This Native American Heritage Month, we’re highlighting those who play a pivotal role in helping the American Red Cross accomplish its humanitarian mission every day. This week, we’d like to highlight Lauren Snow, an AmeriCorps Member with Red Cross Service to the Armed Forces (SAF) and a proud member of the Chickasaw Nation. Here is a conversation we had with her around Native American Heritage Month and our work with tribal communities.
What is your tribal affiliation?
Chickasaw Nation. Just as a “fun fact,” the Chickasaw Nation resides in Oklahoma and is one of the “Five Civilized Tribes” along with the Cherokee, Choctaw, Creek and Seminoles.
Where were you raised?
Due to my father’s occupation, my family moved around the United States quite a bit when I was growing up. I lived in a total of seven different locations before the age of 18, including states on the east coast, west coast and several in between!
As a Native American, what do you see as the Red Cross’s role with tribes?
As a Native American, I see the Red Cross fulfilling an important role of providing support for Native American communities by offering an outlet for services in times of need and opportunities for volunteers to give back to other tribal members.
The Red Cross works with the Chickasaw Nation to provide citizens with the training needed to assist with emergencies and disasters and enables volunteers to serve their community in times of need.
How do the tribes assist the Red Cross?
Tribes native to Washington State have assisted the Red Cross by providing volunteers as well as generous donations to assist in relief and emergency preparedness efforts across the state. Additionally, tribal members can sit on the Red Cross Boards. Currently, there is one individual of the Tulalip Tribes sitting as a member on the Red Cross Board in Snohomish County.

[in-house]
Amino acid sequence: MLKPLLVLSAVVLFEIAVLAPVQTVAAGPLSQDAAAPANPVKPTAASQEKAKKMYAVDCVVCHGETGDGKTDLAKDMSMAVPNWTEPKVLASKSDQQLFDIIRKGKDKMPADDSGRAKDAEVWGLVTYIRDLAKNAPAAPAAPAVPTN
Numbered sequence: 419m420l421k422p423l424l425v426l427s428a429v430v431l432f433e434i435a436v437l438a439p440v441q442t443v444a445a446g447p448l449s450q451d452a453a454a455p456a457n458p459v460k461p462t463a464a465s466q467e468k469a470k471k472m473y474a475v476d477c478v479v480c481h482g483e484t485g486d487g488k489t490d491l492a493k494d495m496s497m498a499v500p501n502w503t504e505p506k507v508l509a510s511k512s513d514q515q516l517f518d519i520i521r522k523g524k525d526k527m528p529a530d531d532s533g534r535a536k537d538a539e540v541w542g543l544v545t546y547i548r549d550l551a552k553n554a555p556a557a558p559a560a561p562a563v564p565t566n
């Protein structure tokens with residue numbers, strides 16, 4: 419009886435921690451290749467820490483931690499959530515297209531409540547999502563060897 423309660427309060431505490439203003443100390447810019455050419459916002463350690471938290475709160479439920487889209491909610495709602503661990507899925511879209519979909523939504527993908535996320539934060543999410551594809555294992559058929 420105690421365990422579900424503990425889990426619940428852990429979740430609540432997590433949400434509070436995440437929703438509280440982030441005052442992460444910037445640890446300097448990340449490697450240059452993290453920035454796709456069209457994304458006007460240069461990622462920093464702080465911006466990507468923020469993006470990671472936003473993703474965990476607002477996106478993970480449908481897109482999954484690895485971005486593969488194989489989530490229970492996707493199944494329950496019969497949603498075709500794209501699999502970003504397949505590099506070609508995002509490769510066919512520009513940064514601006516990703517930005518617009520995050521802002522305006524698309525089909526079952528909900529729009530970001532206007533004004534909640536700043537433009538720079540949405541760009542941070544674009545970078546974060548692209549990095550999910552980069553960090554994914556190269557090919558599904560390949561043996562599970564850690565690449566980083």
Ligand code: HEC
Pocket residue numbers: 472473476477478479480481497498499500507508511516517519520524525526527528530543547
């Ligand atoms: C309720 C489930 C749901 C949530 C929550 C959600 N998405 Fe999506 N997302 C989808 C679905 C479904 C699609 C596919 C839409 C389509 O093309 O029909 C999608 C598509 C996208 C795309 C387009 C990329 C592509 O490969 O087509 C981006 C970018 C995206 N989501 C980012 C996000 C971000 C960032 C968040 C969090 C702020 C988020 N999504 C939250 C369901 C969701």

What would you like people to know about tribal nations?
It is always encouraging when others take the time and interest in learning about the history and culture of a Native American tribe or tribes located in their area. There are so many aspects of Native American culture and heritage that individuals outside of that culture do not realize and can easily overlook, as no two tribes are the same! As a Chickasaw citizen, I have been lucky to be immersed in my tribe’s culture through not only the learning of the native language and recipes, but through the passing on of ideals such as the importance of always treating your elders with respect, having a strong work ethic and self-determination and the value of community.